Catching the Zoom Ball
Being a stellar, engaged and growth minded participant in digital learning.
Have you ever felt yourself groaning when an invitation to a digital event arrive in your inbox? Oh no, not again! I have felt that way especially if the facilitator has been particularly boring in past session and more concerned about their content than the people present.
If you chose to participate in a digital learning platform, be prepared to be fully present and to be nowhere else. The chat column, emoji's, private chats are all connection points between screen and participant and yet they also are major distractors if miss applied. On a digital platform, we miss eye contact, the elbow jab to the person beside us, the raised eyebrow or the nuances of in the moment response. Those in person responses are ones we used to handling and even using to the benefit of the session. On the digital platform it feels artificial and it can be. And yet when we are fully engaged as a participate we have to work harder at handling our "attention residue(1)". In this setting attention residue is whatever sidetracks our mind from the topic at hand to other features on the screen. We see the chat column move and we are quickly distracted to read what was just entered there. Our eyes shift back to the speaker on line and yet in our mind we are still digesting and interacting with the chat column comment.
A metaphor for attention residue is a paintbrush. A clean paintbrush creates clear and compelling pieces of work. A paintbrush that is not kept clean produces muddy, unappealing results. Keep your brain clean in between topics, tasks, conversations. Do that by focusing on one item at a time, track what stood out as most important to you, in whatever way works best for you, revisit your notes in times of reflection.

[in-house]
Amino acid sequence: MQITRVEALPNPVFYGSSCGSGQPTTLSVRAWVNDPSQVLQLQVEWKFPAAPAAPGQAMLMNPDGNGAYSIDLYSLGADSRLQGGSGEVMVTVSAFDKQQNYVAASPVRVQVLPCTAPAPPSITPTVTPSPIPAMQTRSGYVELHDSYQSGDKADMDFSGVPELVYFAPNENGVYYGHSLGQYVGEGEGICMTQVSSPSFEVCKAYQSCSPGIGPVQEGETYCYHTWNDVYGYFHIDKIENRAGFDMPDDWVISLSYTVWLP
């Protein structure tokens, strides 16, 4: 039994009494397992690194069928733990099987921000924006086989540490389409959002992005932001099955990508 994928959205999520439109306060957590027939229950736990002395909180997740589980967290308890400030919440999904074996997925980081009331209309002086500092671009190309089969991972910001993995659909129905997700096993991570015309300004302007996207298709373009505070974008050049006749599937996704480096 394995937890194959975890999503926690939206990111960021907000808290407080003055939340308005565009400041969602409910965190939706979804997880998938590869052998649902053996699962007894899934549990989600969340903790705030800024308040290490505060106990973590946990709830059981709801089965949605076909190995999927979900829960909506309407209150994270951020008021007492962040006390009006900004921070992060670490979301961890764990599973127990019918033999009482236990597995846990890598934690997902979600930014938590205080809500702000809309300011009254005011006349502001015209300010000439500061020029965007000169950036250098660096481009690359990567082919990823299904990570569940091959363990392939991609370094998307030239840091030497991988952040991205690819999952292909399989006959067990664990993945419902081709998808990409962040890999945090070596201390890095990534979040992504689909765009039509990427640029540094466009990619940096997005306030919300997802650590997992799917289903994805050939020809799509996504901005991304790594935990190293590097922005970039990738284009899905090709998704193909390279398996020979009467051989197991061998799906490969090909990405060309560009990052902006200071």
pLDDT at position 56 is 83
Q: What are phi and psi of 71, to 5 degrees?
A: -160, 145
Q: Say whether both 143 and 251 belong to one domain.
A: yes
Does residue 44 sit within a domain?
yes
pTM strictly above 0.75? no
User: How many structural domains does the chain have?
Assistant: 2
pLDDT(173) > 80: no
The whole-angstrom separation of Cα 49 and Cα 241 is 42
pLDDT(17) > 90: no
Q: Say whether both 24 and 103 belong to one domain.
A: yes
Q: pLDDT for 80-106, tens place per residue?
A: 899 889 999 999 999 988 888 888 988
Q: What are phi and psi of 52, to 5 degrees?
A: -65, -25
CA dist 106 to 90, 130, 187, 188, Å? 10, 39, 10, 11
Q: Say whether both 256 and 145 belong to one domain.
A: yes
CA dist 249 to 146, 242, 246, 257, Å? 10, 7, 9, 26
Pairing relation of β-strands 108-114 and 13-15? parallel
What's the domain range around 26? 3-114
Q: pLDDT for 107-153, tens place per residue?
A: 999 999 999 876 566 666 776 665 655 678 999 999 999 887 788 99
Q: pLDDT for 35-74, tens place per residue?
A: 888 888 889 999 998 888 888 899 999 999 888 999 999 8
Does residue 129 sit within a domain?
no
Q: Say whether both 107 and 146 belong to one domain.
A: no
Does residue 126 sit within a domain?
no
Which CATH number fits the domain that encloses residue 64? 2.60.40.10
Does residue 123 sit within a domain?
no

Getting caught in the distractions can be a warning signal of resistance to the topic, the speaker, the environment, all of which will in the end inhibit your growth. Although information for knowledge and learning are important the ace is growth. Ask yourself, how will this time spent with this theme, this speaker, these people deepen and increase my personal and or personal growth? What are you going to do with that?
Take the time to reflect on your digital participation and how you can become more fully present to the moment and embrace this opportunity for growth.
What-if Leadership Journal, the intentional pursuit of being, knowing and doing.
The concept of "attention residue" comes from a 2009 paper by Sophie Leroy. Originally it applied to the concept of multi tasking. Cal Newport mentions it in his book Deep Work.